"Be sure to spot the hidden sugar, it can be hard to spot it in children’s food as it can be called so many different things."
Sugar is also named sucrose, glucose, fructose, maltose, dextrose, fruit syrup, molasses and maltodextrin.
Look for “no added sugar’ on the packet. If you can’t see that on a label then read the nutritional information panel and look under “carbohydrates – of which sugar”
Consider adding fish oils to their diet. There isn't enough scientific evidence to be completely sure about for this one (yet) but initial studies and anecdotal evidence suggests that increasing the amount of omega 3 oils in your children's diet can improve disruptive behavior.
The evidence so far suggests that taking fish oil supplements which contain sufficiently high concentrations of omega 3 oils may well have a beneficial effect on dyslexic and ADHD children and possibly undiagnosed children too, I have even noticed differences in my own children's behaviour and attitudes since introducing Omega-3 supplements into their diets.
So, while the most important way of helping your over-active child is by improving the quality of their diet, giving fish oil supplements may also be worth considering.
I know, wouldn’t it be wonderful if I could suggest some cheap packaged food that was full of nutrients and goodness for your child, that would calm their irrational behavior and help them to grow up big and strong?
Sorry…there is no quick fix. We at square one can however remind you that fresh is best. Local or organic fruit and vegetables, brown rice, home made whole grain bread, millet puffs, and other grains like quinoa, black rice, oats, couscous and buckwheat or kasha (children need the energy in grains to run around, grains are low glycemic index, so will provide them with that energy for longer, yet calmer bursts of time) Protein, like meat, nuts, fish, cheese and yogurt and of course the occasional home made baking (where sugar can be substituted for honey or coconut sugar, which contains less blood sugar raising agents), home cooked meals with no additives. Food that you make yourself from scratch, is your answer.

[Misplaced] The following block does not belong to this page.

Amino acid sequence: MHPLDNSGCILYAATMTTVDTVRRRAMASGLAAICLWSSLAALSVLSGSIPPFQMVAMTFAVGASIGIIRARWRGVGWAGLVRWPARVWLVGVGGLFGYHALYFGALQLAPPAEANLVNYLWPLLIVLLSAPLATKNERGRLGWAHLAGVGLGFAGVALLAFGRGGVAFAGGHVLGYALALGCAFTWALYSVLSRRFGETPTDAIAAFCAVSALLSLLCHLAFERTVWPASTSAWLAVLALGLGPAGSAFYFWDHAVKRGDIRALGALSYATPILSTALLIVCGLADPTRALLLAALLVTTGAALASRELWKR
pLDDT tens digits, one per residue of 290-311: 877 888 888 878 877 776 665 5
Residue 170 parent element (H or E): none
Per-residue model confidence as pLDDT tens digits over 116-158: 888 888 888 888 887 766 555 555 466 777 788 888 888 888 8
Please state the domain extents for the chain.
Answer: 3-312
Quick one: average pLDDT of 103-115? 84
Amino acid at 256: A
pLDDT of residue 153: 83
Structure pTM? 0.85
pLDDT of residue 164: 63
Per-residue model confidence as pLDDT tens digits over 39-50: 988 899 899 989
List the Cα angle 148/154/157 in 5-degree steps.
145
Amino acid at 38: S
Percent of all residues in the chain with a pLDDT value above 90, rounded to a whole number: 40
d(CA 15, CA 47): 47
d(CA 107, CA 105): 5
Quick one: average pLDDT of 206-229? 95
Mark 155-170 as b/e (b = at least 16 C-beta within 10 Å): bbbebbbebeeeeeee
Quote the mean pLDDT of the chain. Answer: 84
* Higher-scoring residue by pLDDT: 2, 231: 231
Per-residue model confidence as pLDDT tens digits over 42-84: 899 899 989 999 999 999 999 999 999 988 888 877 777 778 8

Here are some ideas:
- Little scroggin mixes of nuts, dried fruit (not too much) and buckwheat
- Natural Yogurt, with no extra colourings, preservatives or sugars
- Fruit and Vegetables, cut into shapes
- Hummus to dip Vegetables into
- Low salt crackers, that have no trans fats in them and hummus
- Cheese - high saturated fat is fine, just make sure the sugars are low
- Home made baking - then you know what is in it
- Left overs in small tubs
- Grain Bread sandwiches with healthy spreads and fillings (real butter is a much better option than margarine which is full of trans fats)
Remember to make a huge batch, freeze half, eat 1/3 and save the other 1/3 for leftovers. It may sound like hard work to begin with but once you find your rhythm you will be fine, plus you will have a freezer full of delicious home made meals, and your family will be functioning so much better for all the goodness you are serving them, you may even find you have more time to play, relax…or do that last load of washing ;-)
Do you have any great snack suggestions for small children? what works for your little ones?